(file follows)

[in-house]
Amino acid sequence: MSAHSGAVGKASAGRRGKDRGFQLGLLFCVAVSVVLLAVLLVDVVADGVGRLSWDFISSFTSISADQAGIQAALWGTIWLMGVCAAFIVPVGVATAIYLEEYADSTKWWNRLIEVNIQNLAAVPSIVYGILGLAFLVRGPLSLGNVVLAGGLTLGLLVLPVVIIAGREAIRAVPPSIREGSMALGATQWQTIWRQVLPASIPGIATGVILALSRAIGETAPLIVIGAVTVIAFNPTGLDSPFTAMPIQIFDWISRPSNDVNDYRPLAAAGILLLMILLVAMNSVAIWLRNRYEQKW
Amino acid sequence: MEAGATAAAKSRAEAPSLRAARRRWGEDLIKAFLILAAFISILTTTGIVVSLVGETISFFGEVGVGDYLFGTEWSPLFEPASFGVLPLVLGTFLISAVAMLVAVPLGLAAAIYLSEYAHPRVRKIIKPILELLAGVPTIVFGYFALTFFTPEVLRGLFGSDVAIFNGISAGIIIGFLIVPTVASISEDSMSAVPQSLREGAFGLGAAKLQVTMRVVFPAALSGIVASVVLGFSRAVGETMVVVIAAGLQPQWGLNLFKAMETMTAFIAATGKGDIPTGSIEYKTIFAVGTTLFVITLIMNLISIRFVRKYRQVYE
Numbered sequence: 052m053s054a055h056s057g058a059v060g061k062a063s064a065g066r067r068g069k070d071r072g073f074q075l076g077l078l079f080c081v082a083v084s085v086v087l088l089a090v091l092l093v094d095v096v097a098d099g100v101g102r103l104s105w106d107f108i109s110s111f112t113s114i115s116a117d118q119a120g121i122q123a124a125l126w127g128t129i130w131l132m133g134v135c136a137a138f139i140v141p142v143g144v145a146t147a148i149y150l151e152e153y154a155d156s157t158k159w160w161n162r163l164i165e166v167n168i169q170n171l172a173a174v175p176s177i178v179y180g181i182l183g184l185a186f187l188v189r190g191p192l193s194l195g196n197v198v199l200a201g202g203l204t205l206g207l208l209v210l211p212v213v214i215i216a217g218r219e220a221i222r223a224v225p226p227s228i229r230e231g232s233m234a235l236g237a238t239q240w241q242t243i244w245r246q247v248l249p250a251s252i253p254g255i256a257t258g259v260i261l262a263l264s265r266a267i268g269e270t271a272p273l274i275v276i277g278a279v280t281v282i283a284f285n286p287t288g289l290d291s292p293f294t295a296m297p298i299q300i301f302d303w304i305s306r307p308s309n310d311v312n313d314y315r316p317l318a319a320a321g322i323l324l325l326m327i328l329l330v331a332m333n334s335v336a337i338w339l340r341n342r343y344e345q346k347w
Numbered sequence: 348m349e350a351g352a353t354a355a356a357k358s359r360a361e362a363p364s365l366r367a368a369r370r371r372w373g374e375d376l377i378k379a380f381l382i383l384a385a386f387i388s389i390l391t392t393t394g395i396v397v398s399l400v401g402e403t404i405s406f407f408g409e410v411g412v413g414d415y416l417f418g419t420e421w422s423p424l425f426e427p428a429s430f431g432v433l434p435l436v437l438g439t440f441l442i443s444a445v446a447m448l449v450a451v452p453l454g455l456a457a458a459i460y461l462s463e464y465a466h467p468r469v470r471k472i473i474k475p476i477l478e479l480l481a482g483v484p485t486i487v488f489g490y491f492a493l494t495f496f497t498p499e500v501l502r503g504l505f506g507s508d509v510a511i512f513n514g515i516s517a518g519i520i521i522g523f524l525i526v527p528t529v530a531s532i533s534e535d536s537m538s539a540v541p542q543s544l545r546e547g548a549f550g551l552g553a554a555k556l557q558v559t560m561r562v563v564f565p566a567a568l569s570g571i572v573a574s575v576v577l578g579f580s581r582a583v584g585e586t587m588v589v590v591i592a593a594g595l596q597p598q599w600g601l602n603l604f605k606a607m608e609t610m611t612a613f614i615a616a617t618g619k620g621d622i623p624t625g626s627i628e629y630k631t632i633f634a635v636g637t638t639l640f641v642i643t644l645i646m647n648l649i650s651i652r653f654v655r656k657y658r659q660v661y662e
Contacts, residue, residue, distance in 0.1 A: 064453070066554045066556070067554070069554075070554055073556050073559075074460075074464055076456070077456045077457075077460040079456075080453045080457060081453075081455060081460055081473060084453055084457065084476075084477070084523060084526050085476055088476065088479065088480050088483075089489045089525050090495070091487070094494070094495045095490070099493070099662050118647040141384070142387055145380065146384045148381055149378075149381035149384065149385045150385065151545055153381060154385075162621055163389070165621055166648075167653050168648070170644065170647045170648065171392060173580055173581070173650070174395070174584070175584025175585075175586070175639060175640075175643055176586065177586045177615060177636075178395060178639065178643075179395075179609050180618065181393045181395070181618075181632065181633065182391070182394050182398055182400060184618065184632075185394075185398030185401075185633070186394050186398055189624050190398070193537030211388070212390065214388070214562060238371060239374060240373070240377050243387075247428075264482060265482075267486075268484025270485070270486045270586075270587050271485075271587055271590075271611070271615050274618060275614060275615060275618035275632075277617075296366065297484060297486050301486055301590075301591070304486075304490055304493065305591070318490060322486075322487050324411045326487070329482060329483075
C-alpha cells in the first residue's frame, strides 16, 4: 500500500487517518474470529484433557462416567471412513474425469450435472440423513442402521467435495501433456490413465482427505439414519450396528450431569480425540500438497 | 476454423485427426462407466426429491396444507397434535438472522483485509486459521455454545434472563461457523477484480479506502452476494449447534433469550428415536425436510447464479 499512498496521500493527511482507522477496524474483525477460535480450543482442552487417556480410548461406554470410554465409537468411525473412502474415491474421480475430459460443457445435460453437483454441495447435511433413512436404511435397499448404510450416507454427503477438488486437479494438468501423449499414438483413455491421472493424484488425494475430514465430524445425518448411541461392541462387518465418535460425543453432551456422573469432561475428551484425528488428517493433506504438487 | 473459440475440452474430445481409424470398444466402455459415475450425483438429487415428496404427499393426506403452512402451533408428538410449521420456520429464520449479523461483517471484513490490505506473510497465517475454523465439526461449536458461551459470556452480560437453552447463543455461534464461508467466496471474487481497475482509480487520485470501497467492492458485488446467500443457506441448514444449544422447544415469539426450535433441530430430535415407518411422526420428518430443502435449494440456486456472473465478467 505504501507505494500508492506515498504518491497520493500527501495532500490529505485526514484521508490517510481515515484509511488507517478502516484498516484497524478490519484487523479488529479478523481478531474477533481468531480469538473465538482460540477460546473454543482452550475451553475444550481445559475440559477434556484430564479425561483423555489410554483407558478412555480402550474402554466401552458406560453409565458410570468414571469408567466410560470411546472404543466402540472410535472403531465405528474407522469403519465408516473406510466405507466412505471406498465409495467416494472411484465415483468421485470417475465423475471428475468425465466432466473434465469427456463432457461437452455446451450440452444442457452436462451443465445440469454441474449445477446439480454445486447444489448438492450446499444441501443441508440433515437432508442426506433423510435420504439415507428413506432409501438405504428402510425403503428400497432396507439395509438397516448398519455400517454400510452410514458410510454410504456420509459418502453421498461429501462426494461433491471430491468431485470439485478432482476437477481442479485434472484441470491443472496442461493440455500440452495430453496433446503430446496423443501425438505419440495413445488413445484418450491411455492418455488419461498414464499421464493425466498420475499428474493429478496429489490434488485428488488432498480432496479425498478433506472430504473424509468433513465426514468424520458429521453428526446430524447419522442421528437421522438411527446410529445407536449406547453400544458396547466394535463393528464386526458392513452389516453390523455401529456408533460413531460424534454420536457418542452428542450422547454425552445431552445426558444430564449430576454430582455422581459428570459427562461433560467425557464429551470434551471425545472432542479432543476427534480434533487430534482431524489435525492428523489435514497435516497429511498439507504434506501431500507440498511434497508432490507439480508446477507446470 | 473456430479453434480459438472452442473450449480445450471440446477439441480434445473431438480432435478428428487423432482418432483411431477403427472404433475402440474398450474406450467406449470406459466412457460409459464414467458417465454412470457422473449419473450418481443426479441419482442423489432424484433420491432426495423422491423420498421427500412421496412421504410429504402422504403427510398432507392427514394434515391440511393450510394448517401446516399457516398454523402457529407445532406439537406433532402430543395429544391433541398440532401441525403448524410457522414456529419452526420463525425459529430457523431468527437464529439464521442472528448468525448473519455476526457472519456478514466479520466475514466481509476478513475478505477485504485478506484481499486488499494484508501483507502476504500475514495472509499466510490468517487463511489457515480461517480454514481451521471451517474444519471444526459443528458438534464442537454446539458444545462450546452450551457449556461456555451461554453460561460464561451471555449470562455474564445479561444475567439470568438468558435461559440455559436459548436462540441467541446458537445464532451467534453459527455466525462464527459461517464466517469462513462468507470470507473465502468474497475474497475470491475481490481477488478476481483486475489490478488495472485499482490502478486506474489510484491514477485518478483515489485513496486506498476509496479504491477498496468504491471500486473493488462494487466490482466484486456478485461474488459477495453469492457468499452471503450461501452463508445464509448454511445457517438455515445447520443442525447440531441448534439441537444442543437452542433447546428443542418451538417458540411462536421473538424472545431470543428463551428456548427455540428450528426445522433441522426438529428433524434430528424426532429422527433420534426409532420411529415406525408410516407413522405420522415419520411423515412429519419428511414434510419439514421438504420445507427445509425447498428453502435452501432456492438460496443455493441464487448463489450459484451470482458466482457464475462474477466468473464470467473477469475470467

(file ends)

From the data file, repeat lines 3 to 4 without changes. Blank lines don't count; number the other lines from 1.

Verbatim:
Amino acid sequence: MEAGATAAAKSRAEAPSLRAARRRWGEDLIKAFLILAAFISILTTTGIVVSLVGETISFFGEVGVGDYLFGTEWSPLFEPASFGVLPLVLGTFLISAVAMLVAVPLGLAAAIYLSEYAHPRVRKIIKPILELLAGVPTIVFGYFALTFFTPEVLRGLFGSDVAIFNGISAGIIIGFLIVPTVASISEDSMSAVPQSLREGAFGLGAAKLQVTMRVVFPAALSGIVASVVLGFSRAVGETMVVVIAAGLQPQWGLNLFKAMETMTAFIAATGKGDIPTGSIEYKTIFAVGTTLFVITLIMNLISIRFVRKYRQVYE
Numbered sequence: 052m053s054a055h056s057g058a059v060g061k062a063s064a065g066r067r068g069k070d071r072g073f074q075l076g077l078l079f080c081v082a083v084s085v086v087l088l089a090v091l092l093v094d095v096v097a098d099g100v101g102r103l104s105w106d107f108i109s110s111f112t113s114i115s116a117d118q119a120g121i122q123a124a125l126w127g128t129i130w131l132m133g134v135c136a137a138f139i140v141p142v143g144v145a146t147a148i149y150l151e152e153y154a155d156s157t158k159w160w161n162r163l164i165e166v167n168i169q170n171l172a173a174v175p176s177i178v179y180g181i182l183g184l185a186f187l188v189r190g191p192l193s194l195g196n197v198v199l200a201g202g203l204t205l206g207l208l209v210l211p212v213v214i215i216a217g218r219e220a221i222r223a224v225p226p227s228i229r230e231g232s233m234a235l236g237a238t239q240w241q242t243i244w245r246q247v248l249p250a251s252i253p254g255i256a257t258g259v260i261l262a263l264s265r266a267i268g269e270t271a272p273l274i275v276i277g278a279v280t281v282i283a284f285n286p287t288g289l290d291s292p293f294t295a296m297p298i299q300i301f302d303w304i305s306r307p308s309n310d311v312n313d314y315r316p317l318a319a320a321g322i323l324l325l326m327i328l329l330v331a332m333n334s335v336a337i338w339l340r341n342r343y344e345q346k347w